Local Universities Step Up to Tackle Drug, Alcohol Disorders

Back on Track

Most people are affected by addiction at some point in their lives, whether by having a disorder themselves or knowing someone who does. There is no easy way to battle substance-use disorder, but in Western Mass., colleges are doing what they can to provide educational programs and concentrations to not only bring awareness to the severity of these issues, but also train and educate the people who are in the field, helping those affected by the disease of addiction every day.

By Kayla Ebner

Brandon Fredette says there’s a need for more addiction counselors and support systems, particularly in rural areas.

Tom Foye says the Addiction Counselor Education (ACE) certificate program at Westfield State University became part of his second chance at life.

He found he had become addicted to painkillers after a sports-related injury and series of surgeries, turning his life upside down. He lost his job — a position as a lieutenant at the Ludlow Police Department where he worked for 26 years. He was also arrested and served almost a year in jail.

Most importantly, he learned the terrible effects of the disease of addiction.

“I learned firsthand what it was like to not be able to control yourself,” Foye said. “That resulted in my recognizing that there’s a stigma attached to this disease, and therefore, I wanted to tell people that we had this all wrong.”

This inspired him to begin a new path — one that would help others in similar situations. Now, he is a substance-use educator and counselor at Stonybrook Stabilization & Treatment Center at the Hampden County Sheriff’s Department, and helps clients who enter the program through involuntary commitment for substance-use-disorder treatment.

“I was motivated to require the education and the tools I needed to best serve people in that endeavor,” Foye said.

In searching, he found that, right here in Western Mass., Westfield State University had an extensive Addiction Counselor Education program.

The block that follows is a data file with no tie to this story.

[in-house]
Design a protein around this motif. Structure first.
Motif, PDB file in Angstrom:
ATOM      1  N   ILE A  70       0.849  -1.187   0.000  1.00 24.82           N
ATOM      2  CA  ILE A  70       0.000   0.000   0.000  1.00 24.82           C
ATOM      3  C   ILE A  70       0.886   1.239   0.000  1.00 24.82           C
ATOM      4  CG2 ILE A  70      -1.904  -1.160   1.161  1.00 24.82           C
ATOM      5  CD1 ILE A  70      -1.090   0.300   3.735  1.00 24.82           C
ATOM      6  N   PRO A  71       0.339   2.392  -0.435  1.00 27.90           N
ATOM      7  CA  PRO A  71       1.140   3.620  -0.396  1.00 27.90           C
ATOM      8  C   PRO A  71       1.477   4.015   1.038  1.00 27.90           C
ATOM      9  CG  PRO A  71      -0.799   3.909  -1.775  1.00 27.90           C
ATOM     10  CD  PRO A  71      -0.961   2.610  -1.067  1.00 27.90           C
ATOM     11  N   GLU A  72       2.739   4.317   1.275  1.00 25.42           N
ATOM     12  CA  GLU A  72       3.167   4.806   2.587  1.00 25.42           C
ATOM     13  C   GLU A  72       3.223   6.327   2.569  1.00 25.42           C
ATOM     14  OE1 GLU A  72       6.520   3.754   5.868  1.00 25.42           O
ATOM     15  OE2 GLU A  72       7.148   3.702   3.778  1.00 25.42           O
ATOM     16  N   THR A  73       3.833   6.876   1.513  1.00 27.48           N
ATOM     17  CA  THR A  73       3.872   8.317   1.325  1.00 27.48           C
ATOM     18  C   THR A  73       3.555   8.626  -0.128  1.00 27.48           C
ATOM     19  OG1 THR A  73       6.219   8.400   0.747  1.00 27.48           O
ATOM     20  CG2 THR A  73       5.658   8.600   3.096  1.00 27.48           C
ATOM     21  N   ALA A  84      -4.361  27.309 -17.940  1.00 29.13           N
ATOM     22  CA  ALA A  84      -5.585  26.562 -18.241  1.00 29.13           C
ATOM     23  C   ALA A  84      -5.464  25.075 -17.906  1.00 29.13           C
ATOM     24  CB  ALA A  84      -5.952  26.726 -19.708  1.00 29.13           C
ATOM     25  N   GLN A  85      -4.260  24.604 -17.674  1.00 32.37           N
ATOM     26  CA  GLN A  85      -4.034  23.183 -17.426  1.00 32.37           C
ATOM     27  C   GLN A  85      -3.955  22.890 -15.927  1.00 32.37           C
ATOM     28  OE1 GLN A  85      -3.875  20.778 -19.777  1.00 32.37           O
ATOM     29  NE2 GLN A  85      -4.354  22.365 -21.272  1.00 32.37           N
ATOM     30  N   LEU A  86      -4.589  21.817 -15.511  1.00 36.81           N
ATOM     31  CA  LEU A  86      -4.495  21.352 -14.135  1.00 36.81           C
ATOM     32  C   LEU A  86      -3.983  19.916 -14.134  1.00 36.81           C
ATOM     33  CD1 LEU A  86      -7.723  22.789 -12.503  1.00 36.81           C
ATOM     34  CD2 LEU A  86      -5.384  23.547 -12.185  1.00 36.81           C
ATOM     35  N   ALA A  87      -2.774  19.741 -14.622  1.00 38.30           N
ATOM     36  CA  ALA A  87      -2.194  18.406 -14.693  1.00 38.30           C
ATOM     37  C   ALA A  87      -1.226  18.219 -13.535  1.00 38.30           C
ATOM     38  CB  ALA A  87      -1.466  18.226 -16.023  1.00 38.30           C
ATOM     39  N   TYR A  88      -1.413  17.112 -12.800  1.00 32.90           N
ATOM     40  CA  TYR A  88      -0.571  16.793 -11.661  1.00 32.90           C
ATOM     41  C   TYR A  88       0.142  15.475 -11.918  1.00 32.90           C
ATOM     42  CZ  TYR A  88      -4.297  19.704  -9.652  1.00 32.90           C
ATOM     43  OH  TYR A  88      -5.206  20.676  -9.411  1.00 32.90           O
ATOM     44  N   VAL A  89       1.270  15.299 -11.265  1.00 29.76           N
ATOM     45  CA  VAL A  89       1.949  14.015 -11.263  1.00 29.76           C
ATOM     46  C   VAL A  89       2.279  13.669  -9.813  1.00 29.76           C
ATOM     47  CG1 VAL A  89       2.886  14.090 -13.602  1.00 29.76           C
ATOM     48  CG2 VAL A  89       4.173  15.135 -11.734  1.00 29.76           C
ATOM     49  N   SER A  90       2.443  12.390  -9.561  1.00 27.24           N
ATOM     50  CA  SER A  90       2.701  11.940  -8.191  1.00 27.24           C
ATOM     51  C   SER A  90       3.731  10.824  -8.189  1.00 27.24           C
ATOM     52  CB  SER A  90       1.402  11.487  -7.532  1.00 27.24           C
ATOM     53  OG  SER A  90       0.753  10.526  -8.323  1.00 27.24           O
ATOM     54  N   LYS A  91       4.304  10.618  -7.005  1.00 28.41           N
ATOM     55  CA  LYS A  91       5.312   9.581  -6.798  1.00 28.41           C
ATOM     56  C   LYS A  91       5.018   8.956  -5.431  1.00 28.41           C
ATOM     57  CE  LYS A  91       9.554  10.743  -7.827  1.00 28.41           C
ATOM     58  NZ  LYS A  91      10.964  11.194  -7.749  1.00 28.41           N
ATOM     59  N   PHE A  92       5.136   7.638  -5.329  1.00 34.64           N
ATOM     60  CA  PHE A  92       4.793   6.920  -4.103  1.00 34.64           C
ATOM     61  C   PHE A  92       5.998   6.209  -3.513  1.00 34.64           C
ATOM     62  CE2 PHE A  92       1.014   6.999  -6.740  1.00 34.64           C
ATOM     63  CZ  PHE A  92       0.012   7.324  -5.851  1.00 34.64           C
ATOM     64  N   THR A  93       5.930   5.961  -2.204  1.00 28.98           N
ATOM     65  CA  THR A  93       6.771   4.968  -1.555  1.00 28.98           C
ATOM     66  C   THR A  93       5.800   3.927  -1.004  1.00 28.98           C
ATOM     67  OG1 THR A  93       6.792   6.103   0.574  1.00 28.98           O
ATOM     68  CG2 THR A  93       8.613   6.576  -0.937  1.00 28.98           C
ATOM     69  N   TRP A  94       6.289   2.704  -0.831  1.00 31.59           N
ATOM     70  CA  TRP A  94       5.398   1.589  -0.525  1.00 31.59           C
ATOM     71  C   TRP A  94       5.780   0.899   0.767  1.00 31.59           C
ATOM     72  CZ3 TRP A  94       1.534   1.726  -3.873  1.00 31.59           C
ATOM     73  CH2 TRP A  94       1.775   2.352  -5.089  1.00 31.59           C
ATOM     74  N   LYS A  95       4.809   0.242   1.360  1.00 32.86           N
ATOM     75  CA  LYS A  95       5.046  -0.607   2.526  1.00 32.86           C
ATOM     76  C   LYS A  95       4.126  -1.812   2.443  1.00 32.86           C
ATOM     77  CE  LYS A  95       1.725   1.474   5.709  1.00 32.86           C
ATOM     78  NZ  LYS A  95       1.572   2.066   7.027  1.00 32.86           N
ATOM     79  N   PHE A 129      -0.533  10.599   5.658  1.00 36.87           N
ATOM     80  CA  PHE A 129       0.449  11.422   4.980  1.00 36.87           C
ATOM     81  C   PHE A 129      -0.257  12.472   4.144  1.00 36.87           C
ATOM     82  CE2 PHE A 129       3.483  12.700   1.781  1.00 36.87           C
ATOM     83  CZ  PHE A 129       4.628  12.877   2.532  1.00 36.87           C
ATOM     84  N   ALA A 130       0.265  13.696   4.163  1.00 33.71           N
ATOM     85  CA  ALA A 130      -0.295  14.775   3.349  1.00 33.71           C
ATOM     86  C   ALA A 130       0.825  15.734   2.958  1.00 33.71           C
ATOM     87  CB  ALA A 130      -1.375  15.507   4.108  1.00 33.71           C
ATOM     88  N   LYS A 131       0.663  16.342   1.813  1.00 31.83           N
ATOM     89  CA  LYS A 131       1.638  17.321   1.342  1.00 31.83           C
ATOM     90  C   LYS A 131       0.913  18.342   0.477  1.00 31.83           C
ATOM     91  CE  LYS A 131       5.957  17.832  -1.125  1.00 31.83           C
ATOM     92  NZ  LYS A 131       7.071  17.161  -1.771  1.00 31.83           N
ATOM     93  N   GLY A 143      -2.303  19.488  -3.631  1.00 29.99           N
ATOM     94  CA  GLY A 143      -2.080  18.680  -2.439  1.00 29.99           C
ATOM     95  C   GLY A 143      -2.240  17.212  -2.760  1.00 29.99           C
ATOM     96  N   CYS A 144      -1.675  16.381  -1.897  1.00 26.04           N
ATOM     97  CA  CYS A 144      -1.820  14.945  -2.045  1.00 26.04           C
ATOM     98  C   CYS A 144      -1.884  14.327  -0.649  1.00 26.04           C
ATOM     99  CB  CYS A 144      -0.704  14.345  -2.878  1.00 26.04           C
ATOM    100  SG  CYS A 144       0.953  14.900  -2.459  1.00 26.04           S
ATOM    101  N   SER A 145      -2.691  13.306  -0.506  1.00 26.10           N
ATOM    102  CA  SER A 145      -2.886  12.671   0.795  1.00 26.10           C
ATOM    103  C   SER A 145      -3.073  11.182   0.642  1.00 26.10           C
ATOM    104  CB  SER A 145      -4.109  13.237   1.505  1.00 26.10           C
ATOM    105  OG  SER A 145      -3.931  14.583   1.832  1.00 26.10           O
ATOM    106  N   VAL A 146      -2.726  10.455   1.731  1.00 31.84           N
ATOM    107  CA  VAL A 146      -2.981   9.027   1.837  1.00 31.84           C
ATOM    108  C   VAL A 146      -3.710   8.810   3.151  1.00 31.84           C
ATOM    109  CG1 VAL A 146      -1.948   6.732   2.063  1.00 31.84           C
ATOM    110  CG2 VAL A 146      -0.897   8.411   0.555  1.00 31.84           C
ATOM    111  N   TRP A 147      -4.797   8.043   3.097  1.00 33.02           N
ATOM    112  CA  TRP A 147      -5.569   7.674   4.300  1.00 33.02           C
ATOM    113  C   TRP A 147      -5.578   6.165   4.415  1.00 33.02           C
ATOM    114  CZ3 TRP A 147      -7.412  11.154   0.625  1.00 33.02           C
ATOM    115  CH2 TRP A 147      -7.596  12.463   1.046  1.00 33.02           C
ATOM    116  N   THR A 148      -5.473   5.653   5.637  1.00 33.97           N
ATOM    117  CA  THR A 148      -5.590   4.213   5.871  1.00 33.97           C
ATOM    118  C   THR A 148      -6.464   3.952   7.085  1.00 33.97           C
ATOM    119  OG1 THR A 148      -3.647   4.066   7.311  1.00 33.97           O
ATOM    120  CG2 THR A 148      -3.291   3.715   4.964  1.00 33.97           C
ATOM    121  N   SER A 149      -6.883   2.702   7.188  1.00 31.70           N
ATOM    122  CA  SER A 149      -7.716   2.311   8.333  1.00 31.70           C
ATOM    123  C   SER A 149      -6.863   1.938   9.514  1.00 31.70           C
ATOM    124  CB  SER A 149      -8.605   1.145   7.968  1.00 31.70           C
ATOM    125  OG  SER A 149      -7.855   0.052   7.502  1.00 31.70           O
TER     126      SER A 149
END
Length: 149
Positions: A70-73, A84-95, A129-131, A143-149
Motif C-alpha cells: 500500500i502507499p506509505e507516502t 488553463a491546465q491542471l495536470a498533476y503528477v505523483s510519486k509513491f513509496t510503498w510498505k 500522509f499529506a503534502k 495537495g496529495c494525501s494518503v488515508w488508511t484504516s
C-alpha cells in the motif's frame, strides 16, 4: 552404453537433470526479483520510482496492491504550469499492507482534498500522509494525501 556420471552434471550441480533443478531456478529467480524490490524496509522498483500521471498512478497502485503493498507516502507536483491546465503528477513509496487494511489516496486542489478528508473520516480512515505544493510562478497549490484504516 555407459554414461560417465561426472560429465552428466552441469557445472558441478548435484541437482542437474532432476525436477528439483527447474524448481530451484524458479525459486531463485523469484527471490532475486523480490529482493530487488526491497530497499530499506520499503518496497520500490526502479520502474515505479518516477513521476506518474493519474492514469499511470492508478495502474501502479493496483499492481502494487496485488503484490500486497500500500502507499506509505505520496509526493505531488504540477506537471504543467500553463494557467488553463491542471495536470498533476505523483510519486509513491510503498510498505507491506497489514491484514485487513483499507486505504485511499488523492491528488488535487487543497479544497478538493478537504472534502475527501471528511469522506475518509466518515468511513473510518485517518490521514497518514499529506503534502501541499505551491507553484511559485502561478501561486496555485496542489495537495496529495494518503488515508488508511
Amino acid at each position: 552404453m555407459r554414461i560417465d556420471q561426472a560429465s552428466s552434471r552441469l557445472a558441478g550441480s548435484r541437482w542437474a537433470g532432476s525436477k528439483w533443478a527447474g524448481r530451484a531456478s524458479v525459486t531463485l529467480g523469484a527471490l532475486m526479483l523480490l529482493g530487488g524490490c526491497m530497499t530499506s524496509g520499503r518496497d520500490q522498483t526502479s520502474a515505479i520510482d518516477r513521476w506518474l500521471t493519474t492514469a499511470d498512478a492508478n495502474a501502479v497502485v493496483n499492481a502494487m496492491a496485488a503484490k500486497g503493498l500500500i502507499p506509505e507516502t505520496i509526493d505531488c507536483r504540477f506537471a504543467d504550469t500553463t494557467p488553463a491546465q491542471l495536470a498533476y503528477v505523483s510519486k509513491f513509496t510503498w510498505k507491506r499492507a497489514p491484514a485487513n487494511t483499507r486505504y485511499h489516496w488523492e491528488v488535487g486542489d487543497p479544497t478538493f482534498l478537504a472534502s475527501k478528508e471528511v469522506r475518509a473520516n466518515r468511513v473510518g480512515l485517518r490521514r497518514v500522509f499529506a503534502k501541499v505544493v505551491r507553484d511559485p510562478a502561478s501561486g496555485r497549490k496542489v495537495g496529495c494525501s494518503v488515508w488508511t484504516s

Before Foye went to jail, he enrolled himself in ACE, and was determined to not only turn his own life around, but also help others do the same. Unfortunately, this goal was cut short when he was sentenced to jail, but after serving his time, he jumped right back in and re-enrolled himself in ACE once more. This time, he finished the job.

Tom Foye turned his personal experience with addiction into a passion for helping others who are struggling.

ACE is a one-year, non-credit certificate program, the only requirement being a high-school diploma or GED. It focuses on alcohol and other addiction treatment services, and how to deliver proper care to those who are in recovery, or are trying to make that first step.

Talia Scalise, an employee-assistance program representative, completed ACE in 2018 and also felt a strong desire to help people.

“I think what really stands out is seeing people get better — to see someone completely turn things around and get their life back is amazing,” she said.

And Westfield State isn’t the only school taking steps to help others get a second chance at life.

“I think what really stands out is seeing people get better — to see someone completely turn things around and get their life back is amazing.”

At Springfield College, Cecilia Willis is a professor in the Substance Use Disorder Counseling concentration, which assists students in becoming effective addiction counselors and providing them with the opportunity to become professionals through courses and degree completion.

One of the most important lessons, Willis said, is to recognize that there is no face specific to addiction. “Addiction is pretty universal, and it has both primary and secondary impacts on probably all of us in some fashion.”

Meeting a Growing Need

That’s one of the reasons why many colleges are adapting similar programs.

Bay Path University offers an Alcohol and Drug Use Counseling concentration that focuses on much of the same material — identifying the causes of substance disorders and giving students the skills to assess, diagnose, and treat people in individual and group settings.